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Message 2133198 - Posted: 28 Feb 2024, 13:32:14 UTC

That would mean that the genius Michael O'Leary for the first time in three decades overlooked a risk in his long-term strategy to wipe out all (smaller) continental European airlines without overseas connections: Ryanair's homogenous fleet of hundreds of 737-800 and Max 8-200.
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Message 2133206 - Posted: 28 Feb 2024, 18:05:04 UTC

Will push come to shove and force Boeing to fix all the problems or will this be just another slapping on the cheek for them?
Boeing given 90 days by FAA to come up with a plan to improve safety and quality of manufacturing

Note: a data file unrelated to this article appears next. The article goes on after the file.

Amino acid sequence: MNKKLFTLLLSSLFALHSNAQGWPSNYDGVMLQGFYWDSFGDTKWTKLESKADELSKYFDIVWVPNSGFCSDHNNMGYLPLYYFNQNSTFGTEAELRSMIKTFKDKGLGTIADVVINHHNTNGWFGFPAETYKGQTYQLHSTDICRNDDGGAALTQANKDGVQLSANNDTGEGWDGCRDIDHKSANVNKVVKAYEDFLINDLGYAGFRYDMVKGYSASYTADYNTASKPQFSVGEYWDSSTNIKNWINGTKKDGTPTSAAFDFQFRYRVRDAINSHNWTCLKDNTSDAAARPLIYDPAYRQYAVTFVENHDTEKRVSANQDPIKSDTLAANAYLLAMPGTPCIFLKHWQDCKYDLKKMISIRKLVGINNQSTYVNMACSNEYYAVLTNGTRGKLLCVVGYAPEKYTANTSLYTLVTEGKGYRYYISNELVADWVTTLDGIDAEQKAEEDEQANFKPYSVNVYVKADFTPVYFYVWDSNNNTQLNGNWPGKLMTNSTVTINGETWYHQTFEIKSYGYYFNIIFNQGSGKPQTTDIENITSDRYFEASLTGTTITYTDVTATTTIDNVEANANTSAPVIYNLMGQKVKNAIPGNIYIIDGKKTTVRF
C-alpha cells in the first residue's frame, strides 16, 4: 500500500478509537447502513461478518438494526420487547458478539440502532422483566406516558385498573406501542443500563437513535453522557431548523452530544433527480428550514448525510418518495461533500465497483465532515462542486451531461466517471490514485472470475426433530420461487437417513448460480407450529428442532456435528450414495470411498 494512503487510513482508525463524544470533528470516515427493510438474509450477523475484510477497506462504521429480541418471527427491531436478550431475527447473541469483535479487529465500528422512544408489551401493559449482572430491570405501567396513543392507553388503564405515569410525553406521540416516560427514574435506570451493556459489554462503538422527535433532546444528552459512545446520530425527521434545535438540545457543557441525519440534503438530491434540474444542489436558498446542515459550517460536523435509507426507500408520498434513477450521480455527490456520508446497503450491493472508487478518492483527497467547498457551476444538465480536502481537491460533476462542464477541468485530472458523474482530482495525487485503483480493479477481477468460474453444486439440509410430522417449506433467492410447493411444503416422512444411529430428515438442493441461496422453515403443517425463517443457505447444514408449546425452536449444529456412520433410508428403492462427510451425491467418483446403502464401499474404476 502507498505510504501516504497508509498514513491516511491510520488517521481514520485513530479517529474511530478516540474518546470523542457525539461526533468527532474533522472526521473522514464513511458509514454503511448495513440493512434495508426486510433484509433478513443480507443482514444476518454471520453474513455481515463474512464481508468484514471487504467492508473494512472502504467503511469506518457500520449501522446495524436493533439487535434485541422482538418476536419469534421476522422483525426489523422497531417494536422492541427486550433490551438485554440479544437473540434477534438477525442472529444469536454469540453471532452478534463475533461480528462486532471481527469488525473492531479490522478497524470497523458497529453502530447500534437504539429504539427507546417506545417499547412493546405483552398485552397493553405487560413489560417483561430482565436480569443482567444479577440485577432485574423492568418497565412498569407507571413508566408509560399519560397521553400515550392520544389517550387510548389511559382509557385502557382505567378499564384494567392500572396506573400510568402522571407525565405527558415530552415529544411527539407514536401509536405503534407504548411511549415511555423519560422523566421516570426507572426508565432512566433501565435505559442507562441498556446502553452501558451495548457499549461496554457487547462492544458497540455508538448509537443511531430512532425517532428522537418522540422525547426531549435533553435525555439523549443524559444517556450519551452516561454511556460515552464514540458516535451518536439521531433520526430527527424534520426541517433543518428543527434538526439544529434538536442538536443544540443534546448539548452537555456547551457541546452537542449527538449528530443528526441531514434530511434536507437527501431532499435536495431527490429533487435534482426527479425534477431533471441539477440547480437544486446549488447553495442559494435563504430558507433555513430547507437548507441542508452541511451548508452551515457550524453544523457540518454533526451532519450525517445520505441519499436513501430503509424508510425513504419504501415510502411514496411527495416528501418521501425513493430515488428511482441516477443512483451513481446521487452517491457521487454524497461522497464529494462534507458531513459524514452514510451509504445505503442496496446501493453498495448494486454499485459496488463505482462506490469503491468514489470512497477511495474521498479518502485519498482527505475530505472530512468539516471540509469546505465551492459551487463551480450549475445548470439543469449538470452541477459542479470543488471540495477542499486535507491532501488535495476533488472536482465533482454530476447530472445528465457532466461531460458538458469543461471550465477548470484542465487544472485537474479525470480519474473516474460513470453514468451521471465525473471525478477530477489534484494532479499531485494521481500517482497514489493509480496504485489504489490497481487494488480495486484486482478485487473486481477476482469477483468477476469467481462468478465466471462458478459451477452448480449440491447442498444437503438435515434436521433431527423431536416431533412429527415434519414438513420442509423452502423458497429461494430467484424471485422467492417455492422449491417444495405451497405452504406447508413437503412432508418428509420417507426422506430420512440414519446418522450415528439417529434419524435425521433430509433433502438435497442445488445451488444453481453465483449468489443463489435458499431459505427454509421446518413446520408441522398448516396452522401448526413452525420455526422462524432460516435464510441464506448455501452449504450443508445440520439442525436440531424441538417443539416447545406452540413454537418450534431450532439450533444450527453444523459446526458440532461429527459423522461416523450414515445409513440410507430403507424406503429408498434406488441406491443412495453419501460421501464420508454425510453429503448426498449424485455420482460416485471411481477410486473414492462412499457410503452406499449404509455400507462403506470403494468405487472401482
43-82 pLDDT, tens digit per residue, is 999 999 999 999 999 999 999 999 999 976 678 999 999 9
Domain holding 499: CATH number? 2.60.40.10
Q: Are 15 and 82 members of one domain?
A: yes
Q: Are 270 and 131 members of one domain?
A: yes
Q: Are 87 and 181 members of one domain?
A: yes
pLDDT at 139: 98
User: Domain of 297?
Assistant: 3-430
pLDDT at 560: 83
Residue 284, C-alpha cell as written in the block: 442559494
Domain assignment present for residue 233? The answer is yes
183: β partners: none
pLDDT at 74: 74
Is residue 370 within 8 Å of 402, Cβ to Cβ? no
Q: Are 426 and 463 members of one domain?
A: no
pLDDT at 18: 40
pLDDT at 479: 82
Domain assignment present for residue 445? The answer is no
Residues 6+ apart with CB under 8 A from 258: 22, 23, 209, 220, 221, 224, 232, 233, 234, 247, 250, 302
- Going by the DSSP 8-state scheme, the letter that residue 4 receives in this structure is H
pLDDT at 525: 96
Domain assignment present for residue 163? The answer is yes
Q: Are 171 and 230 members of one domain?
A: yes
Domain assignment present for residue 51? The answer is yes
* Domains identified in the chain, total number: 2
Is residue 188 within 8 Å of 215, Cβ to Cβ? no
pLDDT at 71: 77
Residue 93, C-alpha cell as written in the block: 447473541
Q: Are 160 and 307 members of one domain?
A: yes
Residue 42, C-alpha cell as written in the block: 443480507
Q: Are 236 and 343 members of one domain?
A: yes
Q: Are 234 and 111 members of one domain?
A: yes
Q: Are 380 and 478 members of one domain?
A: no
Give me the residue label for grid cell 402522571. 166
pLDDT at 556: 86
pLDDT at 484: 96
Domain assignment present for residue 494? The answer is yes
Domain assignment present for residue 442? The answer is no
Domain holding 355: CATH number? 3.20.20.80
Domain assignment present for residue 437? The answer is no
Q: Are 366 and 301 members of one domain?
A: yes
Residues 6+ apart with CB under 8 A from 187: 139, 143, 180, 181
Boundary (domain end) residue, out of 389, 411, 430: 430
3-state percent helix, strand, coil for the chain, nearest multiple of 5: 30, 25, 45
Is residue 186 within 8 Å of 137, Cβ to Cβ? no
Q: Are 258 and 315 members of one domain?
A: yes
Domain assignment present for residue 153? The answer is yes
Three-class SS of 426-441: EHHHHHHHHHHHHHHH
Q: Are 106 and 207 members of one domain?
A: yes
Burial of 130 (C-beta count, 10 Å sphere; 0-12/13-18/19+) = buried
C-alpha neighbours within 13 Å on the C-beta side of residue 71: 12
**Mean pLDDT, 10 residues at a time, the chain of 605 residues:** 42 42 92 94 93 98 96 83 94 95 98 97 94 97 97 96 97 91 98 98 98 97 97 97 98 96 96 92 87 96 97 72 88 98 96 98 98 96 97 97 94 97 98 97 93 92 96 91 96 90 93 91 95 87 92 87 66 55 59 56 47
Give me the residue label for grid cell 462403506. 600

The Federal Aviation Administration is giving Boeing 90 days to come up with a plan to fix quality problems and meet safety standards for building new planes.

The agency said Wednesday that the directive follows meetings with top Boeing officials, including the company's CEO at FAA headquarters in Washington.

“Boeing must commit to real and profound improvements,” said FAA Administrator Mike Whitaker. “Making foundational change will require a sustained effort from Boeing’s leadership, and we are going to hold them accountable every step of the way."
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Message boards : Politics : Boeing: Profits 1st, Safety 2nd? (Part 3)